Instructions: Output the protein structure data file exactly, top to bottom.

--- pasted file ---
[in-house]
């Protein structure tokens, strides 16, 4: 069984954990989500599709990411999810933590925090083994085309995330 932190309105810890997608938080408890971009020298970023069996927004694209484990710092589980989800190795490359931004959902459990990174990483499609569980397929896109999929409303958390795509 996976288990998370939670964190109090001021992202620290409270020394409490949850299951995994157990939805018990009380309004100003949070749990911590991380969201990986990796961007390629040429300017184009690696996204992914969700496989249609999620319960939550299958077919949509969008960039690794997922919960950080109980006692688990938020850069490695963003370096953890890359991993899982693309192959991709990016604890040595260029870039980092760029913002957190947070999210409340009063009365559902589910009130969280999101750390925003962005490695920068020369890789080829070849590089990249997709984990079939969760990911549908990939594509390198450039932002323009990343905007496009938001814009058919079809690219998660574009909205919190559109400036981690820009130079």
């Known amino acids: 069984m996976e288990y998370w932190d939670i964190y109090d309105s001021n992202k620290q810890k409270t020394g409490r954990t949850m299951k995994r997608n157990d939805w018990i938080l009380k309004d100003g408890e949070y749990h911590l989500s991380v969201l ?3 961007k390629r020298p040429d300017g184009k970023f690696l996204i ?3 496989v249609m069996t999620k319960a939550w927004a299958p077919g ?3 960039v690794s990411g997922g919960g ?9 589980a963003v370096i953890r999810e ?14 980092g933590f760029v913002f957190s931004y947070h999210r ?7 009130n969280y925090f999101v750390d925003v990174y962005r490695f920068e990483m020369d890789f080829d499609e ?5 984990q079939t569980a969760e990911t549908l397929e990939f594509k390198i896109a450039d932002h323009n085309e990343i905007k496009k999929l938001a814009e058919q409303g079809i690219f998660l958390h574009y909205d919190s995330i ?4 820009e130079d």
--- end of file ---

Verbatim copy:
[in-house]
């Protein structure tokens, strides 16, 4: 069984954990989500599709990411999810933590925090083994085309995330 932190309105810890997608938080408890971009020298970023069996927004694209484990710092589980989800190795490359931004959902459990990174990483499609569980397929896109999929409303958390795509 996976288990998370939670964190109090001021992202620290409270020394409490949850299951995994157990939805018990009380309004100003949070749990911590991380969201990986990796961007390629040429300017184009690696996204992914969700496989249609999620319960939550299958077919949509969008960039690794997922919960950080109980006692688990938020850069490695963003370096953890890359991993899982693309192959991709990016604890040595260029870039980092760029913002957190947070999210409340009063009365559902589910009130969280999101750390925003962005490695920068020369890789080829070849590089990249997709984990079939969760990911549908990939594509390198450039932002323009990343905007496009938001814009058919079809690219998660574009909205919190559109400036981690820009130079």
């Known amino acids: 069984m996976e288990y998370w932190d939670i964190y109090d309105s001021n992202k620290q810890k409270t020394g409490r954990t949850m299951k995994r997608n157990d939805w018990i938080l009380k309004d100003g408890e949070y749990h911590l989500s991380v969201l ?3 961007k390629r020298p040429d300017g184009k970023f690696l996204i ?3 496989v249609m069996t999620k319960a939550w927004a299958p077919g ?3 960039v690794s990411g997922g919960g ?9 589980a963003v370096i953890r999810e ?14 980092g933590f760029v913002f957190s931004y947070h999210r ?7 009130n969280y925090f999101v750390d925003v990174y962005r490695f920068e990483m020369d890789f080829d499609e ?5 984990q079939t569980a969760e990911t549908l397929e990939f594509k390198i896109a450039d932002h323009n085309e990343i905007k496009k999929l938001a814009e058919q409303g079809i690219f998660l958390h574009y909205d919190s995330i ?4 820009e130079d």